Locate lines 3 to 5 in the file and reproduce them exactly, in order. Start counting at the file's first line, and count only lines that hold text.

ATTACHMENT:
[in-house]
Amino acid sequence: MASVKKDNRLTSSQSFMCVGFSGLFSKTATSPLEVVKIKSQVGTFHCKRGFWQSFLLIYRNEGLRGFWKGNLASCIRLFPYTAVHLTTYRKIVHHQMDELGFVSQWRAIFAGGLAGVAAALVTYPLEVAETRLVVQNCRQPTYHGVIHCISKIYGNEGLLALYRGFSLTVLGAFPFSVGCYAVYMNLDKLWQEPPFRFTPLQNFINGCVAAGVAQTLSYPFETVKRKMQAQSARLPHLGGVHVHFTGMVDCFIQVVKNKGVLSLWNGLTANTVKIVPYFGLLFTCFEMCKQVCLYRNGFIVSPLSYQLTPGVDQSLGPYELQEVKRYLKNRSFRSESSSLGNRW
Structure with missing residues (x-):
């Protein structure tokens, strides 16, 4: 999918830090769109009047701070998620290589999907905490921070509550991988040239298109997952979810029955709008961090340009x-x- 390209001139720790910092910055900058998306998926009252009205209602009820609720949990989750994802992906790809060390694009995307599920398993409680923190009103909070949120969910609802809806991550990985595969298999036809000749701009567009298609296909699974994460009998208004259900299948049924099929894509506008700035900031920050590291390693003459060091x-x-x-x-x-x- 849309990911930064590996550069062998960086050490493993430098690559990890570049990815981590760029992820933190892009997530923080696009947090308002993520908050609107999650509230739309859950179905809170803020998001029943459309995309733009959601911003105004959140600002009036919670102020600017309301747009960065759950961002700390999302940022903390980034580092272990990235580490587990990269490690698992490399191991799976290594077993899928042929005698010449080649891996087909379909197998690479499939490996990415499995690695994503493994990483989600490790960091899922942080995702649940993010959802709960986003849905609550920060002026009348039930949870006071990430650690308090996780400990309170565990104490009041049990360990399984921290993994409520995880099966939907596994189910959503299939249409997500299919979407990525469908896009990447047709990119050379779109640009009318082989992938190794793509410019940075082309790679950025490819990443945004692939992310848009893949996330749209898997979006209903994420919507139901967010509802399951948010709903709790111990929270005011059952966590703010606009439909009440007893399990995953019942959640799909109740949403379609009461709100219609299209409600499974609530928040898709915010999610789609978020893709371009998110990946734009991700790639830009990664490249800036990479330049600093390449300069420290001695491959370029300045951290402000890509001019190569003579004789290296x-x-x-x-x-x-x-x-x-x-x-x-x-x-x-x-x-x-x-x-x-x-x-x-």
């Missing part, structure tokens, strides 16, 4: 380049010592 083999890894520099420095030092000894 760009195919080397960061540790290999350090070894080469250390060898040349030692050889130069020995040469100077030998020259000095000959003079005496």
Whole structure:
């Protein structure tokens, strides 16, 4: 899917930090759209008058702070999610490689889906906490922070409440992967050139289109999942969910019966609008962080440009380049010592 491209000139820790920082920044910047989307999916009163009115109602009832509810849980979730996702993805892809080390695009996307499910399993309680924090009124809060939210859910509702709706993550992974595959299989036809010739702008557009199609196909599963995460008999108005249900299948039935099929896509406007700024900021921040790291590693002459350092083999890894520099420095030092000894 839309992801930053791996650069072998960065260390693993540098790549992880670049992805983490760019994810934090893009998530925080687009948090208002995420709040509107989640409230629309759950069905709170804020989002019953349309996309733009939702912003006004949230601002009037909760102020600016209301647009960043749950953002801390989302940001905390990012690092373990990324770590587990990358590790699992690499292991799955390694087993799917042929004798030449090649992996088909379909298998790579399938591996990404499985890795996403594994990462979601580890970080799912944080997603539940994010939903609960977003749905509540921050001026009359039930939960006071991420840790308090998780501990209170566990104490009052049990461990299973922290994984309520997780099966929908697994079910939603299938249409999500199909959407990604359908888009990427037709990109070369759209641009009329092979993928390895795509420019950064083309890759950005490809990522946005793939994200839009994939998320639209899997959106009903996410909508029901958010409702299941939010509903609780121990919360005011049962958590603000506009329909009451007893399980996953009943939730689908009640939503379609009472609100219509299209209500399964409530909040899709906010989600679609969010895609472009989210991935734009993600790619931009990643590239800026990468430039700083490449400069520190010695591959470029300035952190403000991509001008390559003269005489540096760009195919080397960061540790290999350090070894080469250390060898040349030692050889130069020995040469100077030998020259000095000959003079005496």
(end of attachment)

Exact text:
Structure with missing residues (x-):
């Protein structure tokens, strides 16, 4: 999918830090769109009047701070998620290589999907905490921070509550991988040239298109997952979810029955709008961090340009x-x- 390209001139720790910092910055900058998306998926009252009205209602009820609720949990989750994802992906790809060390694009995307599920398993409680923190009103909070949120969910609802809806991550990985595969298999036809000749701009567009298609296909699974994460009998208004259900299948049924099929894509506008700035900031920050590291390693003459060091x-x-x-x-x-x- 849309990911930064590996550069062998960086050490493993430098690559990890570049990815981590760029992820933190892009997530923080696009947090308002993520908050609107999650509230739309859950179905809170803020998001029943459309995309733009959601911003105004959140600002009036919670102020600017309301747009960065759950961002700390999302940022903390980034580092272990990235580490587990990269490690698992490399191991799976290594077993899928042929005698010449080649891996087909379909197998690479499939490996990415499995690695994503493994990483989600490790960091899922942080995702649940993010959802709960986003849905609550920060002026009348039930949870006071990430650690308090996780400990309170565990104490009041049990360990399984921290993994409520995880099966939907596994189910959503299939249409997500299919979407990525469908896009990447047709990119050379779109640009009318082989992938190794793509410019940075082309790679950025490819990443945004692939992310848009893949996330749209898997979006209903994420919507139901967010509802399951948010709903709790111990929270005011059952966590703010606009439909009440007893399990995953019942959640799909109740949403379609009461709100219609299209409600499974609530928040898709915010999610789609978020893709371009998110990946734009991700790639830009990664490249800036990479330049600093390449300069420290001695491959370029300045951290402000890509001019190569003579004789290296x-x-x-x-x-x-x-x-x-x-x-x-x-x-x-x-x-x-x-x-x-x-x-x-």
């Missing part, structure tokens, strides 16, 4: 380049010592 083999890894520099420095030092000894 760009195919080397960061540790290999350090070894080469250390060898040349030692050889130069020995040469100077030998020259000095000959003079005496």